The federal government could immediately abolish the obligation to wear masks on buses and trains.

This is what it says in the Infection Protection Act under Paragraph 28 b, not even the Bundesrat has to agree.

Minister of Health Karl Lauterbach can easily decree it.


People would soon be standing shoulder to shoulder again in rush-hour traffic and breathing in what the others breathed out.

But Lauterbach doesn't want that.

He says the winter is “not over yet”, the clinics are full, the staff is overwhelmed, the excess mortality is high.

In fact, without a mask requirement, there would be more infections.

But how many exactly?

Would a new wave emerge and the healthcare system collapse?

Justus Bender

Editor in the politics of the Frankfurter Allgemeine Sunday newspaper.

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There is an answer to this question.

It reads: There would be ten percent more people with Corona in the hospital.


That means: In case of doubt, the increase would be lower because many sensible people still wear masks.

The figures come from a model calculation by the Technical University of Berlin.

In the current situation, almost 600 additional patients per week would come to the hospital.

The absolute number may change depending on the incidence of hospitalization.

It describes how many infected people are newly admitted to the hospital per 100,000 inhabitants.

Last week it was about seven.

Extrapolated to all inhabitants of the country, around 5800 people with Corona came to the hospital.

Ten percent of that is 580. That's how many extra beds you needed.

If that doesn't mean anything to you, you can also offset the benefits in other measures.

Then you could say: the obligation to wear masks on buses and trains is as good as the closure of all kindergartens.

Or like closing all schools.

Or like a home office obligation for everyone.

Kindergarten, school, workplace and train have a comparable R value, which means that a person infects a similar number of people with these activities.

Many are tired of masks

Of course, a pandemic cannot be precisely predicted.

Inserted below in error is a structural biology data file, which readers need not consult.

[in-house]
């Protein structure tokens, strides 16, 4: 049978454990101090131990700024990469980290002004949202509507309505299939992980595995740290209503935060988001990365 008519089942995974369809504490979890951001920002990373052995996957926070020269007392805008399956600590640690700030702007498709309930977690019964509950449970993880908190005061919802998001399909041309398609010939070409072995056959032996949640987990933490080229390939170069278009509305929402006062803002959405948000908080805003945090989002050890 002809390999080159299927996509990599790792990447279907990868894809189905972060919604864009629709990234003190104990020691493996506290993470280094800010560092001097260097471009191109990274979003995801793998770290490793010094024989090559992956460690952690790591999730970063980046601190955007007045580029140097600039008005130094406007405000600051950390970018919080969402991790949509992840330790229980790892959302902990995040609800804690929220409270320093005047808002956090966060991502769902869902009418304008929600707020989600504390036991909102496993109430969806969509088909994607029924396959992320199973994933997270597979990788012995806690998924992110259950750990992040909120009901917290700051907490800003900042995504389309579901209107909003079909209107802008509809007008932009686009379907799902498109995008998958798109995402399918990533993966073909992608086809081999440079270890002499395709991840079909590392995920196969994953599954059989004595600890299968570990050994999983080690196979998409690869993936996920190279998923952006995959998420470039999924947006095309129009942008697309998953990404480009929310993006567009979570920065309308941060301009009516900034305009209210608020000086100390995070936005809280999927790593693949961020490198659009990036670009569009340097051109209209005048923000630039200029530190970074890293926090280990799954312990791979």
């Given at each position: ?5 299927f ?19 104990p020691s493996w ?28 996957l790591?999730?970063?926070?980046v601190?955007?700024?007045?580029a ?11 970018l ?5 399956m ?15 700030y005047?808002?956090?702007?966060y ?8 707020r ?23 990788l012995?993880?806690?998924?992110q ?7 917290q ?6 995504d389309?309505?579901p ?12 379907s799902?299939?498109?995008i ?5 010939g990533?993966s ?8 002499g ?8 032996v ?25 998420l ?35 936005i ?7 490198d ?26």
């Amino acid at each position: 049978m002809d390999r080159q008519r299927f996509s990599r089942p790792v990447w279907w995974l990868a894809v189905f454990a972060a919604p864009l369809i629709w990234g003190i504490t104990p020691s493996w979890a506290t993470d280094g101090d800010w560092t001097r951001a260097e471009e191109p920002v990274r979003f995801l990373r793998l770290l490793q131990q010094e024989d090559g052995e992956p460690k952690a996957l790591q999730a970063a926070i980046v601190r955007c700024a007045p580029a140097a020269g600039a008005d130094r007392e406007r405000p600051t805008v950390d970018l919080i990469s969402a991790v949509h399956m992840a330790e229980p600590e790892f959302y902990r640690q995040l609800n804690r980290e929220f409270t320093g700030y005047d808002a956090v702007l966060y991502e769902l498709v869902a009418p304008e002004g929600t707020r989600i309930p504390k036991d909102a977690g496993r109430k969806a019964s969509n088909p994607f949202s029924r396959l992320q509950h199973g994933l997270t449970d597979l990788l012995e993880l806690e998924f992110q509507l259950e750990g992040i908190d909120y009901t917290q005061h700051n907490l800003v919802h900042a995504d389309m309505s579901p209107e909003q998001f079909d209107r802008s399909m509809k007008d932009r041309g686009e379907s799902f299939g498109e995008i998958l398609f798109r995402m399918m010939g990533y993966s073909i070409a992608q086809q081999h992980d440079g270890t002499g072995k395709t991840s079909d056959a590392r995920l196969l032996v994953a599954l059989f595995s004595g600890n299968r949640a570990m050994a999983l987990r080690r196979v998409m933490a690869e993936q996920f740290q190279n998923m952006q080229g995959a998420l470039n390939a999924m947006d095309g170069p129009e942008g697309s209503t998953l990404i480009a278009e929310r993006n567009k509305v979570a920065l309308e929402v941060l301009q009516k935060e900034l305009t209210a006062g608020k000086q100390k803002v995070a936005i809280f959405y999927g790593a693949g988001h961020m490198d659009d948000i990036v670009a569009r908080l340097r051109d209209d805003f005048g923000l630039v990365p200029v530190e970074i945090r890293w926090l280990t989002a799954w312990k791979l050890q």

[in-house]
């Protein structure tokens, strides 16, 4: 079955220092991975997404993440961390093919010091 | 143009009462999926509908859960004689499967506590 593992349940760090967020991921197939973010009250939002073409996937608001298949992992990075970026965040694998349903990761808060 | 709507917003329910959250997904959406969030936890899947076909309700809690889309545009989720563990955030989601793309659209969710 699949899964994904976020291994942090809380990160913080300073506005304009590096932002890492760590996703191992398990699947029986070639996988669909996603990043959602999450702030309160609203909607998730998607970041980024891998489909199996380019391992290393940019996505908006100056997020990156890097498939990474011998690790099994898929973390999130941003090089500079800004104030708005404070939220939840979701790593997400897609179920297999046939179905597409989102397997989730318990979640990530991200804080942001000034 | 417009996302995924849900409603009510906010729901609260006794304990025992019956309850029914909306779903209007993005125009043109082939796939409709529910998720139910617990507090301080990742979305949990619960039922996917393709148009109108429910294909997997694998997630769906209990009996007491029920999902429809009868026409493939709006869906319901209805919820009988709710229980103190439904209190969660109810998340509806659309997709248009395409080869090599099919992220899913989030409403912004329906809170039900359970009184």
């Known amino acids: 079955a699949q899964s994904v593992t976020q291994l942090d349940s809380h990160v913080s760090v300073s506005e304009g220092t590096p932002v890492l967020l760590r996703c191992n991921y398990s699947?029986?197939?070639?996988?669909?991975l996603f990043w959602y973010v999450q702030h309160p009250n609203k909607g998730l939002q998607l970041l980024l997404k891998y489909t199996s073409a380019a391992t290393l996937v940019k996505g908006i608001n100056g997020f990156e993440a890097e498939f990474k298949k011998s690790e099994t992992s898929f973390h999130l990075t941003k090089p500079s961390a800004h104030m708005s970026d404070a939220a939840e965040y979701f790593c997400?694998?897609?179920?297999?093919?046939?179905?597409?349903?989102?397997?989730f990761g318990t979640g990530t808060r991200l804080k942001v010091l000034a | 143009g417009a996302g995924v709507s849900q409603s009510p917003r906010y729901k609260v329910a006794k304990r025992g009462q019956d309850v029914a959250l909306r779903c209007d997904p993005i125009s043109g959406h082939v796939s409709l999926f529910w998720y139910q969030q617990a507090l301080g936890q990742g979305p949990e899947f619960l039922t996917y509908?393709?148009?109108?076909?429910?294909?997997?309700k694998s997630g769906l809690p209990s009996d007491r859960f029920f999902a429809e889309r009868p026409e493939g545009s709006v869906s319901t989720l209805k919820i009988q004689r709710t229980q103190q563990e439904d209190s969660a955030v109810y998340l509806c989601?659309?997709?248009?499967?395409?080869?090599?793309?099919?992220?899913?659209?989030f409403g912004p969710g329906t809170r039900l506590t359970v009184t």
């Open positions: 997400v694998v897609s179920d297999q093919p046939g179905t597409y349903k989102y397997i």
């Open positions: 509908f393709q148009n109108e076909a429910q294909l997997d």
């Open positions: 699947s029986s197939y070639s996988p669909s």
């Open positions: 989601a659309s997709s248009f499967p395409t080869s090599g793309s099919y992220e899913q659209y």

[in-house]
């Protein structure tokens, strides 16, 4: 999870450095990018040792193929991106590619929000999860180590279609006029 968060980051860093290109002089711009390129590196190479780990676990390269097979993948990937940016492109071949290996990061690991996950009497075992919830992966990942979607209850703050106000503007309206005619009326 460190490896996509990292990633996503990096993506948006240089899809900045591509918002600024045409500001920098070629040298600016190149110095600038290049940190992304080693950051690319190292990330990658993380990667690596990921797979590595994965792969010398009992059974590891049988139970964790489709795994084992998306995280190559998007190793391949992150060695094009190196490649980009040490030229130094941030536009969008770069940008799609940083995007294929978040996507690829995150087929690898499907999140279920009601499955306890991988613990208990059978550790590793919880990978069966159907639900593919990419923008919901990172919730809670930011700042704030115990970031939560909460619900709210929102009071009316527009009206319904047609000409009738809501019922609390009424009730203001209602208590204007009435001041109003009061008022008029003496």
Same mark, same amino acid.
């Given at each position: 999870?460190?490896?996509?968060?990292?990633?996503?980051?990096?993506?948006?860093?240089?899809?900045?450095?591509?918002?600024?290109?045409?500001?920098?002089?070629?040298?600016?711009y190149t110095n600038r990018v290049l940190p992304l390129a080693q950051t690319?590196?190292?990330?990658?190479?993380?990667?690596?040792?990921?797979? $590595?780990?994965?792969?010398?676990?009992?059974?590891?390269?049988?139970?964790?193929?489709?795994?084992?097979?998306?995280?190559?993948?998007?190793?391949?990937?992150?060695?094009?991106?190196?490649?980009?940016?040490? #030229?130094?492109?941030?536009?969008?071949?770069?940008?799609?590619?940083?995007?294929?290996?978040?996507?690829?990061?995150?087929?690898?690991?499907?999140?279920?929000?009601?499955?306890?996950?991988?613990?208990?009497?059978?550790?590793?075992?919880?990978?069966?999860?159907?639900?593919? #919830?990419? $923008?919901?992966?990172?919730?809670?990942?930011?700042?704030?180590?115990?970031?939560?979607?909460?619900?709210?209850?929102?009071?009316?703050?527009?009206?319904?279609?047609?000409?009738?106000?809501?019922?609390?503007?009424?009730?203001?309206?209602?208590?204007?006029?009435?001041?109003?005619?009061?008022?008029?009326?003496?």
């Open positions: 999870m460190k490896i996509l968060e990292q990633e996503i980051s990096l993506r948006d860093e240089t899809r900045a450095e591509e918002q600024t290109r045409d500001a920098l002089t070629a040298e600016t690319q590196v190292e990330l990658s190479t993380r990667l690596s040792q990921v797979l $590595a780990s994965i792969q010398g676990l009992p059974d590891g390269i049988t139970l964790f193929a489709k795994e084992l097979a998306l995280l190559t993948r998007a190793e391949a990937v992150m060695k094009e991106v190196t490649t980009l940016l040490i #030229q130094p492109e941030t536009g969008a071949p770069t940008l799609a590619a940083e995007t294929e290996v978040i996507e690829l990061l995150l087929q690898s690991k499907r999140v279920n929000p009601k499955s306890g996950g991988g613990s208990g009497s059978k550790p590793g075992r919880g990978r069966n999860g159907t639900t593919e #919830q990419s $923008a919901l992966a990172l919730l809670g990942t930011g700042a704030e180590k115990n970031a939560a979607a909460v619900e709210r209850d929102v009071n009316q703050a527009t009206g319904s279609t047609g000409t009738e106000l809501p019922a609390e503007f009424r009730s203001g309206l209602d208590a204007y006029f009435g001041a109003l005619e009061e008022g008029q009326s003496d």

Scientists cannot know whether Manfred Schneiderhahn from Kirchhörde has his rebellious day on Tuesday and gets on the subway without a mask.

Computer scientist Kai Nagel from the Technical University has got used to dealing with such imponderables.

He makes assumptions that are as good as it gets.

And then he calculates.

In this calculation, for example, the assumption was that only half of all passengers wear a mask anyway, although it is mandatory.

Ticket inspectors had reported this from experience.

And this fifty percent already includes the fact that some people wear masks, but they are so crooked and crooked that they don't help at all.

Many are tired of masks.

Over the years, the calculation model has been fed with new empirical values.

It learned how well an FFP-2 mask protects compared to a surgical mask and how high the aerosol density is in unventilated rooms after one, two or three hours.

The calculations are still not accurate to the decimal point, but they give a rough idea of ​​what will happen if nobody, absolutely nobody, wears a mask on buses and trains.

Namely “an approximately ten percent higher burden on the hospitals”, as Nagel says.

The Göttingen physicist Viola Priesemann thinks this is plausible.

Without masks on buses and trains, ten percent more would be infected with Corona, she says.

She speaks of contagion, not of hospitalization.

But if more people get infected in the general population, more end up in the hospital: ten percent here means ten percent there.

At least in big cities.

In villages where there is no train and hardly any buses, the effect would of course be less.